Women's inequality ‘stupid’ and ‘global shame’ in 21st century: UN chief
UN United Nations Secretary-General Antonio Guterres warned that the state of women's rights was dire and said that It is time to stop trying to change women, and start changing the systems that prevent them from achieving their potential.
United Nations Secretary-General Antonio Guterres has called women's inequality "stupid" and said it should “shame us all in the 21st century” as he pledged to press governments to end discriminatory laws in the face of a "strong and relentless pushback" against women's rights.
Speaking ahead of the annual meeting of the UN Commission on the Status of Women in New York next month, Guterres warned on Thursday that the state of women's rights was dire and said he would seek to end "default male thinking" across the United Nations.
While the UN Secretary-General did not name and shame, US President Donald Trump's administration has led a push at the UN against the promotion of sexual and reproductive health services for women because the administration sees that as code for abortion.
Gender inequality is fundamentally a question of power.— António Guterres (@antonioguterres) February 27, 2020
I'm speaking at @thenewschool about how we can transform our world by achieving gender equality and ending discrimination against women & girls. https://t.co/iSK14y2sZz
Over the next 2 years, I intend to deepen my personal commitment to supporting gender equality in all areas of our work.— António Guterres (@antonioguterres) February 28, 2020
The 21st century must be the century of women’s equality. pic.twitter.com/76JUQw3qSO
Women have equaled and outperformed men in almost every sphere.— António Guterres (@antonioguterres) February 28, 2020
It is time to stop trying to change women, and start changing the systems that prevent them from achieving their potential. pic.twitter.com/8DTbovTjzN
Macho posturing will not save our planet.— António Guterres (@antonioguterres) February 28, 2020
Gender equality, including men stepping up and taking responsibility, is essential if we are to beat the climate emergency. pic.twitter.com/xHlW1ZGrUi
"Just as slavery and colonialism were a stain on previous centuries, women's inequality should shame us all in the 21st. Because it is not only unacceptable; it is stupid," Guterres said in a speech to The New School in New York.
“Everywhere, women are worse off than men, simply because they are women,” he said, adding that minority, migrant, refugee and disabled women “face even greater barriers.”
He called gender inequality and discrimination against women the “one overwhelming injustice across the globe — an abuse that is crying out for attention”.
The UN chief said young women like Malala Yousafzai -- the Pakistani teen activist who campaigned for girls’ right to education after surviving being shot by Taliban militants, and Nadia Murad -- the Nobel peace laureate who survived enslavement and sexual abuse by Islamic State extremists in Iraq, “are breaking barriers and creating new models of leadership”. But despite these advances, “the state of women’s rights remains dire”, he said.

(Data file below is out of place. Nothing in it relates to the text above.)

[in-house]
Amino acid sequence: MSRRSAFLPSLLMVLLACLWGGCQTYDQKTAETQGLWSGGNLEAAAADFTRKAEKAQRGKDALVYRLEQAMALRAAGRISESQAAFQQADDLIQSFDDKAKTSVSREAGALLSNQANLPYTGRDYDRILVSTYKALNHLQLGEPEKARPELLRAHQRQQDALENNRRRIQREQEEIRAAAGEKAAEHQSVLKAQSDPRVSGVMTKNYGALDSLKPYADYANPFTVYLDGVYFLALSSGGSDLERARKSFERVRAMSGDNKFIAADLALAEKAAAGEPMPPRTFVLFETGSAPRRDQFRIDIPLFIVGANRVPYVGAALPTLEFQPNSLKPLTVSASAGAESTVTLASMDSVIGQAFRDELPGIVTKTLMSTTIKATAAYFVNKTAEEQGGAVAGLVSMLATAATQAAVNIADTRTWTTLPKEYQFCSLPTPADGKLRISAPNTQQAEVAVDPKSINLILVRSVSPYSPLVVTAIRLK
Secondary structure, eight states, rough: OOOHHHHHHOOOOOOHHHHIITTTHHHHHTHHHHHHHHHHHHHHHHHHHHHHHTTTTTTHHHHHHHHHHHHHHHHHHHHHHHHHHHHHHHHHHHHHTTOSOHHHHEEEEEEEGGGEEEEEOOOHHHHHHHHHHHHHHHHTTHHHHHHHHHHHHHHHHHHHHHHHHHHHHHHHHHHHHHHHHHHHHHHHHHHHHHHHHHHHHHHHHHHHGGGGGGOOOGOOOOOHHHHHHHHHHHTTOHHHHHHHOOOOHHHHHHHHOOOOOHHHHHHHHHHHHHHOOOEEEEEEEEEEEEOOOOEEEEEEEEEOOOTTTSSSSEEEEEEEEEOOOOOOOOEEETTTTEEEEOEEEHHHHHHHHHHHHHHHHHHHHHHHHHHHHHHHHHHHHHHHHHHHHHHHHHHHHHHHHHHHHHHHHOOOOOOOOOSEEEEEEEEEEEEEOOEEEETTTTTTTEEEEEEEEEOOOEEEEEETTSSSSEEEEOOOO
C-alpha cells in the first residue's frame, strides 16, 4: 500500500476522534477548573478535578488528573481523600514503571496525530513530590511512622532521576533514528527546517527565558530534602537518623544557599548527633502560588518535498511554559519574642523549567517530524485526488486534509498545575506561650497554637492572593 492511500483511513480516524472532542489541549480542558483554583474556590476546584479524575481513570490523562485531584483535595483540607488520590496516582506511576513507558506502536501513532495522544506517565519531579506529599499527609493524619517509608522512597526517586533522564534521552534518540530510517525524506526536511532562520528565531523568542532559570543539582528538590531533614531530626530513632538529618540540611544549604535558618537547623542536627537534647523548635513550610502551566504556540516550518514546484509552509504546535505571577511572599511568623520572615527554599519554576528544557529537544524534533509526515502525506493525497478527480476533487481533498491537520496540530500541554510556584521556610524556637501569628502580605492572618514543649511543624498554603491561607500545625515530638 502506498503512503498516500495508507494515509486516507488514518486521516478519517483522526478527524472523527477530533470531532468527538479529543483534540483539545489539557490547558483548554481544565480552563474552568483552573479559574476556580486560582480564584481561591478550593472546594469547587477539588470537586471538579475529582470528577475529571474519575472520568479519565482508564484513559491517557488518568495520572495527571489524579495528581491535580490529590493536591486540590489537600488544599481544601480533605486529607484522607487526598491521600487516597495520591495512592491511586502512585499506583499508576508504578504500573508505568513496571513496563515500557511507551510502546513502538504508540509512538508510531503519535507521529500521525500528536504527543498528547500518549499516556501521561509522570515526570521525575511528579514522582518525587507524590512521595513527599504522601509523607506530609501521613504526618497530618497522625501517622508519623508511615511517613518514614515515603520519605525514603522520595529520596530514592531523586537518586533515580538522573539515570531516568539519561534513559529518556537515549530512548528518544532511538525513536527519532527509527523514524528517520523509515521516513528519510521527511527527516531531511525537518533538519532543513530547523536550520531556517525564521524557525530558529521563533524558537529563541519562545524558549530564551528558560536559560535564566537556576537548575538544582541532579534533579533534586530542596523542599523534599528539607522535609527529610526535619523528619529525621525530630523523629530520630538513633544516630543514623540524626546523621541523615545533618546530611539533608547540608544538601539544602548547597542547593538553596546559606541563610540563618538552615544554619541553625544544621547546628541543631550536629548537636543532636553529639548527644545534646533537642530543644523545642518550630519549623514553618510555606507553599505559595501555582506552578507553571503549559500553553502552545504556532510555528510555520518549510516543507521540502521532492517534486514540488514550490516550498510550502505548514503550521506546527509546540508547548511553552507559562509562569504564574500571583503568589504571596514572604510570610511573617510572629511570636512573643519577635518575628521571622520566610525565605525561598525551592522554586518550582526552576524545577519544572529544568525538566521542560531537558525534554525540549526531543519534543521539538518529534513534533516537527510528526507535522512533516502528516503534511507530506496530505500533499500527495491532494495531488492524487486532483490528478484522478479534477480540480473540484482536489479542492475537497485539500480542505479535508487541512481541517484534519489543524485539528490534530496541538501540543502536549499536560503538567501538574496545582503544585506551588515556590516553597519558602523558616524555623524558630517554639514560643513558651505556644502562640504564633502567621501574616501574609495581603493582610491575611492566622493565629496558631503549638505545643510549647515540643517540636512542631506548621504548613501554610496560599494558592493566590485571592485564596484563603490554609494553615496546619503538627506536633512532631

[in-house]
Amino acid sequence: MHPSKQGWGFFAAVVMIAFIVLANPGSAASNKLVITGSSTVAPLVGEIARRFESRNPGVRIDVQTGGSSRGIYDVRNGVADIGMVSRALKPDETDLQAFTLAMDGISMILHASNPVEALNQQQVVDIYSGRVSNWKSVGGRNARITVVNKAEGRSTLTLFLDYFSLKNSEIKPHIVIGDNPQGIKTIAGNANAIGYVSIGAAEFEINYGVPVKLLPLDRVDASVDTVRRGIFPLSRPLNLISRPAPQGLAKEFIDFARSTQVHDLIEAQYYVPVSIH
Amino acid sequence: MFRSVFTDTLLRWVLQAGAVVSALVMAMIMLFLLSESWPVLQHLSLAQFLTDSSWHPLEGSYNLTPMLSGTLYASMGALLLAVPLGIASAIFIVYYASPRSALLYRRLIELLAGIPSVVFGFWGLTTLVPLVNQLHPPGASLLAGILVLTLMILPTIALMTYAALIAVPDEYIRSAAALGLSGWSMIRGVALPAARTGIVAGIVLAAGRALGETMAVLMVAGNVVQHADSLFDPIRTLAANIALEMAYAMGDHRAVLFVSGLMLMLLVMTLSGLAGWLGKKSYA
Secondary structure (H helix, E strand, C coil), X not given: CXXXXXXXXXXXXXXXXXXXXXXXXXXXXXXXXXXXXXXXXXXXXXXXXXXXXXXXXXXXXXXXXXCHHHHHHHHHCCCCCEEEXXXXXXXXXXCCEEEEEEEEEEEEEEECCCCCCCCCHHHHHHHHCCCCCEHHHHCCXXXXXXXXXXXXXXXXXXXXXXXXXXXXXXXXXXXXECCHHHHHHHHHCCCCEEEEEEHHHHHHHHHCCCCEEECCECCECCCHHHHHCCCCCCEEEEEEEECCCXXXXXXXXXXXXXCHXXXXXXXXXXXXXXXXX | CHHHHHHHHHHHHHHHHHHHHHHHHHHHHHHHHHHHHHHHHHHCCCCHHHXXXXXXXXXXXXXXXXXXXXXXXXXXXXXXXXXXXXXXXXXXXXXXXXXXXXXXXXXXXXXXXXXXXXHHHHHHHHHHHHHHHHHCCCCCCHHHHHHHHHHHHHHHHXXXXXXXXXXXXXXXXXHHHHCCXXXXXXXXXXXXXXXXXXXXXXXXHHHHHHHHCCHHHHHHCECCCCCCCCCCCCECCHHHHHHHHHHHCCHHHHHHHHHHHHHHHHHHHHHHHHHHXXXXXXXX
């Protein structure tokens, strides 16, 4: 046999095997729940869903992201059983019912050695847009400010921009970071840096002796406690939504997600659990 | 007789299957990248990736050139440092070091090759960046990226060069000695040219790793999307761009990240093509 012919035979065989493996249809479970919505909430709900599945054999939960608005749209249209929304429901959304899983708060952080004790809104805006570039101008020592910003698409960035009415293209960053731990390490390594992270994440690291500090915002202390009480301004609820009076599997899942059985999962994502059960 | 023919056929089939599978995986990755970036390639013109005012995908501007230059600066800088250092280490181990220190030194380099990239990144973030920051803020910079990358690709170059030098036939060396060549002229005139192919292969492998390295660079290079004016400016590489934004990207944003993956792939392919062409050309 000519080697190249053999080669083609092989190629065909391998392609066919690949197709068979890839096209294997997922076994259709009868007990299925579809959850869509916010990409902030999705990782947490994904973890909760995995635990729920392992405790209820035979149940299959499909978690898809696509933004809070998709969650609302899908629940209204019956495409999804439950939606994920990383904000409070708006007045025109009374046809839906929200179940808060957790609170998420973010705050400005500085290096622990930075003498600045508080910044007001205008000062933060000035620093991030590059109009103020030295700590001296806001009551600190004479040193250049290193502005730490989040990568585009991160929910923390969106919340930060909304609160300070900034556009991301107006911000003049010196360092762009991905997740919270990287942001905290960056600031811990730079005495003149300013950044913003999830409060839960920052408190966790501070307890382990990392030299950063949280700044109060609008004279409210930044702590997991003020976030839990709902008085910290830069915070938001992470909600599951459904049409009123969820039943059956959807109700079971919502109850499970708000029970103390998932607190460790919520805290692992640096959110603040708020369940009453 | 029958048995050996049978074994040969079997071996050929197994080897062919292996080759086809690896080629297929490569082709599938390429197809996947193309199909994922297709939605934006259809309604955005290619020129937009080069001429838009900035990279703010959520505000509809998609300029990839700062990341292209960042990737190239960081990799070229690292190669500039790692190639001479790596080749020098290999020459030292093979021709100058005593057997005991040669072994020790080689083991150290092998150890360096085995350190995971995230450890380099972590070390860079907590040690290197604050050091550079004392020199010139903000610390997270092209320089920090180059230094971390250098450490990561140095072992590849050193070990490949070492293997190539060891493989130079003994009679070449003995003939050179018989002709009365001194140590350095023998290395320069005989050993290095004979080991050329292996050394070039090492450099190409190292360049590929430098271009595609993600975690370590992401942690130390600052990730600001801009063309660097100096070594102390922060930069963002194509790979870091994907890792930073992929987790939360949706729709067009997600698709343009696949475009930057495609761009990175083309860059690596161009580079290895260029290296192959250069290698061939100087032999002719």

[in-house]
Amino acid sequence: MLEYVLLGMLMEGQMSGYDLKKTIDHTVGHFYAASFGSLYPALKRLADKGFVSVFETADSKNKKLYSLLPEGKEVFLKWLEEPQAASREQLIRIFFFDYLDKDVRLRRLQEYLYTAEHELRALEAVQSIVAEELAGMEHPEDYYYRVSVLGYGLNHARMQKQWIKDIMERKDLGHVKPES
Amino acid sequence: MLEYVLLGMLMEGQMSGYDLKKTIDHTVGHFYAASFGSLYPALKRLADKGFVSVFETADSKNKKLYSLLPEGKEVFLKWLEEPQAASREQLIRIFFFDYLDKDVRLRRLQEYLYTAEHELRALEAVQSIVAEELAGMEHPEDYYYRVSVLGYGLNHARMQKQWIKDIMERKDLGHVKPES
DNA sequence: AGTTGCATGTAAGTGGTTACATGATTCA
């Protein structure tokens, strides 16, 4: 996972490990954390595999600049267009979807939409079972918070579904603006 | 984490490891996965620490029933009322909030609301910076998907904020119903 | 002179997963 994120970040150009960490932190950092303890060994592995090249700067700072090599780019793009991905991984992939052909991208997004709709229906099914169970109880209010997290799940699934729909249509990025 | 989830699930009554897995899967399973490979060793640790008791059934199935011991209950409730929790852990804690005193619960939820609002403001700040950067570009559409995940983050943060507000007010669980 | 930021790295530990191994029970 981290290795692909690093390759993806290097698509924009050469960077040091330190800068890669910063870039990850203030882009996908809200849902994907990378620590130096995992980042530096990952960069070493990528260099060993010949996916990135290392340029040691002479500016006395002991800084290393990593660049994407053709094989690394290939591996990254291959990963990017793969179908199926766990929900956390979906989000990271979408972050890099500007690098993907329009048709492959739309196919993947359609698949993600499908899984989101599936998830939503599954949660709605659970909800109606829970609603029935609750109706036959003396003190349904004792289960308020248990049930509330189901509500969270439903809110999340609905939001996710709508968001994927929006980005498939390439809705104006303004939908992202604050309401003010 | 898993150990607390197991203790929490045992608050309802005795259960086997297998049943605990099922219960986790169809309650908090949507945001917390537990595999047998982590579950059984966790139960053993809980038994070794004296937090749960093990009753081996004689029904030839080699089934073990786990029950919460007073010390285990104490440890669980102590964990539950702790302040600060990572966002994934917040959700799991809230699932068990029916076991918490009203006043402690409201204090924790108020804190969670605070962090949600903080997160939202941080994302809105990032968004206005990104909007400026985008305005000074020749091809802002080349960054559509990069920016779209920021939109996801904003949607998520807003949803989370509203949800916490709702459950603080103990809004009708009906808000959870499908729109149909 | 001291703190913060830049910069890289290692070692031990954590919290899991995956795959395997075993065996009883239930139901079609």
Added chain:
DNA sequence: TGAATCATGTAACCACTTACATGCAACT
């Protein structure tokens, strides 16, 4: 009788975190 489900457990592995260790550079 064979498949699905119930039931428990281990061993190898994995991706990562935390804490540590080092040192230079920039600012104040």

According to Guterres, women leaders “face harassment, threats and abuse, online and off” and are excluded from “the top table” in government, corporations and peace negotiations.
“From the ridiculing of women as hysterical or hormonal, to the routine judgment of women based on their looks, from the myths and taboos that surround women’s natural bodily functions, to mansplaining and victim-blaming — misogyny is everywhere,” Guterres said, adding that the digital age could make these inequalities even more entrenched”.
The UN chief said legal protections against rape and domestic violence were being diluted or rolled back and that in 34 countries rape within marriage was still legal.
"There is a strong and relentless pushback against women's rights," Guterres said. "Women's sexual and reproductive rights are under threat from different sides."
Language promoting women's sexual and reproductive health is long-agreed internationally, including in resolutions adopted by the Security Council in 2009 and 2013 and several resolutions adopted annually by the 193-member General Assembly.
However, the US under Trump has pushed to remove such language from new UN resolutions. The Trump administration also cut funding in 2017 for the UN Population Fund because it believed it was linked to an abortion program, but the UN said that was an inaccurate perception.
The US Supreme Court ruled in 1973 that women have the right to choose whether or not to have an abortion but the issue is still divisive in the US.
In 2019, Washington threatened to veto a Security Council resolution if a reference was not cut citing the need for UN bodies and donors to give timely "sexual and reproductive health" assistance to survivors of sexual violence in conflict.
Guterres said on Thursday he would urge governments to achieve gender parity in senior leadership. He said he achieved gender parity among his senior leadership team -- on January 1 -- 90 women and 90 men were in the ranks of full-time senior leadership, two years ahead of the target date he set.
"It is time to stop trying to change women, and start changing the systems that prevent them from achieving their potential."